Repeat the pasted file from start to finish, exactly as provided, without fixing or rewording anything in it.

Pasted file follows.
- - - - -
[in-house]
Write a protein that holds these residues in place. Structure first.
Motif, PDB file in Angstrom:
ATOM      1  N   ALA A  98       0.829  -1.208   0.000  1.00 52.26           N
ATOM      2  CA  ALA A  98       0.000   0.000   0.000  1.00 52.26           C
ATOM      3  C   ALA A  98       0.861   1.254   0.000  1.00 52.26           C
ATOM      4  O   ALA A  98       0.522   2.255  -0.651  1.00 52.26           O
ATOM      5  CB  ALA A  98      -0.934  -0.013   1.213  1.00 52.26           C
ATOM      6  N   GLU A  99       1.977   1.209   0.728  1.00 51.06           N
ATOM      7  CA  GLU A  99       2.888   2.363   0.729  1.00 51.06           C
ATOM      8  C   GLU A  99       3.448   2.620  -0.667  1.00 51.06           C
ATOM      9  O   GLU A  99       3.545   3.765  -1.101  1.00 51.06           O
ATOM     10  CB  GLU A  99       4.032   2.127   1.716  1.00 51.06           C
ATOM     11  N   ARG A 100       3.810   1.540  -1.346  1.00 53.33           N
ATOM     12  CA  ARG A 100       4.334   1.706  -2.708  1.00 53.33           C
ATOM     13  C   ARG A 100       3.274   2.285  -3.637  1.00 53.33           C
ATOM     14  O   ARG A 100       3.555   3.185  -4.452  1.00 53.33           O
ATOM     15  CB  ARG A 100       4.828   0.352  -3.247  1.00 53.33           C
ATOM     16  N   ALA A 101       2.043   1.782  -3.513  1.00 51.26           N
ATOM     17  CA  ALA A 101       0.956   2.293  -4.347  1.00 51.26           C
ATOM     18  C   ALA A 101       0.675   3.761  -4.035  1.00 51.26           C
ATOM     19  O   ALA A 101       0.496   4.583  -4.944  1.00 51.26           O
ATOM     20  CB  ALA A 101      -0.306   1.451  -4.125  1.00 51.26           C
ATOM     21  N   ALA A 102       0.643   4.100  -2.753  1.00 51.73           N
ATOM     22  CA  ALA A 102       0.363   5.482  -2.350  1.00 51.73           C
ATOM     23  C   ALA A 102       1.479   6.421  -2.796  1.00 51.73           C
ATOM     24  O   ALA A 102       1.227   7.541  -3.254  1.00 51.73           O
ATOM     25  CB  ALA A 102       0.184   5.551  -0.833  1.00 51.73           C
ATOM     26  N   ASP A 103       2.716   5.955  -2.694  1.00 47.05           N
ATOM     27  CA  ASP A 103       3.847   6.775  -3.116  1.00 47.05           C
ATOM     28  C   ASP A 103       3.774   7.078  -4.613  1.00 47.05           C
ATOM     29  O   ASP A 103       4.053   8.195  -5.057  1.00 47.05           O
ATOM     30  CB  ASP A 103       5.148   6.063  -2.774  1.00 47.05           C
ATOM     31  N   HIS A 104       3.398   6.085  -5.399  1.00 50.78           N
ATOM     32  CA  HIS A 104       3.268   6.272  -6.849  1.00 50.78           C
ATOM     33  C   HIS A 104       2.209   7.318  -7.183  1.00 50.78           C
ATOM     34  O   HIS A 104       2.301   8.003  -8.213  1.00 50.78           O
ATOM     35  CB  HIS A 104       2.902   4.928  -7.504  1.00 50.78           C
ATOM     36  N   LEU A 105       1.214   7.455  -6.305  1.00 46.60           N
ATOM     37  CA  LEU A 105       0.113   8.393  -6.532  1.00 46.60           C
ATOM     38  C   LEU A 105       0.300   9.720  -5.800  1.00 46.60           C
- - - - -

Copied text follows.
[in-house]
Write a protein that holds these residues in place. Structure first.
Motif, PDB file in Angstrom:
ATOM      1  N   ALA A  98       0.829  -1.208   0.000  1.00 52.26           N
ATOM      2  CA  ALA A  98       0.000   0.000   0.000  1.00 52.26           C
ATOM      3  C   ALA A  98       0.861   1.254   0.000  1.00 52.26           C
ATOM      4  O   ALA A  98       0.522   2.255  -0.651  1.00 52.26           O
ATOM      5  CB  ALA A  98      -0.934  -0.013   1.213  1.00 52.26           C
ATOM      6  N   GLU A  99       1.977   1.209   0.728  1.00 51.06           N
ATOM      7  CA  GLU A  99       2.888   2.363   0.729  1.00 51.06           C
ATOM      8  C   GLU A  99       3.448   2.620  -0.667  1.00 51.06           C
ATOM      9  O   GLU A  99       3.545   3.765  -1.101  1.00 51.06           O
ATOM     10  CB  GLU A  99       4.032   2.127   1.716  1.00 51.06           C
ATOM     11  N   ARG A 100       3.810   1.540  -1.346  1.00 53.33           N
ATOM     12  CA  ARG A 100       4.334   1.706  -2.708  1.00 53.33           C
ATOM     13  C   ARG A 100       3.274   2.285  -3.637  1.00 53.33           C
ATOM     14  O   ARG A 100       3.555   3.185  -4.452  1.00 53.33           O
ATOM     15  CB  ARG A 100       4.828   0.352  -3.247  1.00 53.33           C
ATOM     16  N   ALA A 101       2.043   1.782  -3.513  1.00 51.26           N
ATOM     17  CA  ALA A 101       0.956   2.293  -4.347  1.00 51.26           C
ATOM     18  C   ALA A 101       0.675   3.761  -4.035  1.00 51.26           C
ATOM     19  O   ALA A 101       0.496   4.583  -4.944  1.00 51.26           O
ATOM     20  CB  ALA A 101      -0.306   1.451  -4.125  1.00 51.26           C
ATOM     21  N   ALA A 102       0.643   4.100  -2.753  1.00 51.73           N
ATOM     22  CA  ALA A 102       0.363   5.482  -2.350  1.00 51.73           C
ATOM     23  C   ALA A 102       1.479   6.421  -2.796  1.00 51.73           C
ATOM     24  O   ALA A 102       1.227   7.541  -3.254  1.00 51.73           O
ATOM     25  CB  ALA A 102       0.184   5.551  -0.833  1.00 51.73           C
ATOM     26  N   ASP A 103       2.716   5.955  -2.694  1.00 47.05           N
ATOM     27  CA  ASP A 103       3.847   6.775  -3.116  1.00 47.05           C
ATOM     28  C   ASP A 103       3.774   7.078  -4.613  1.00 47.05           C
ATOM     29  O   ASP A 103       4.053   8.195  -5.057  1.00 47.05           O
ATOM     30  CB  ASP A 103       5.148   6.063  -2.774  1.00 47.05           C
ATOM     31  N   HIS A 104       3.398   6.085  -5.399  1.00 50.78           N
ATOM     32  CA  HIS A 104       3.268   6.272  -6.849  1.00 50.78           C
ATOM     33  C   HIS A 104       2.209   7.318  -7.183  1.00 50.78           C
ATOM     34  O   HIS A 104       2.301   8.003  -8.213  1.00 50.78           O
ATOM     35  CB  HIS A 104       2.902   4.928  -7.504  1.00 50.78           C
ATOM     36  N   LEU A 105       1.214   7.455  -6.305  1.00 46.60           N
ATOM     37  CA  LEU A 105       0.113   8.393  -6.532  1.00 46.60           C
ATOM     38  C   LEU A 105       0.300   9.720  -5.800  1.00 46.60           C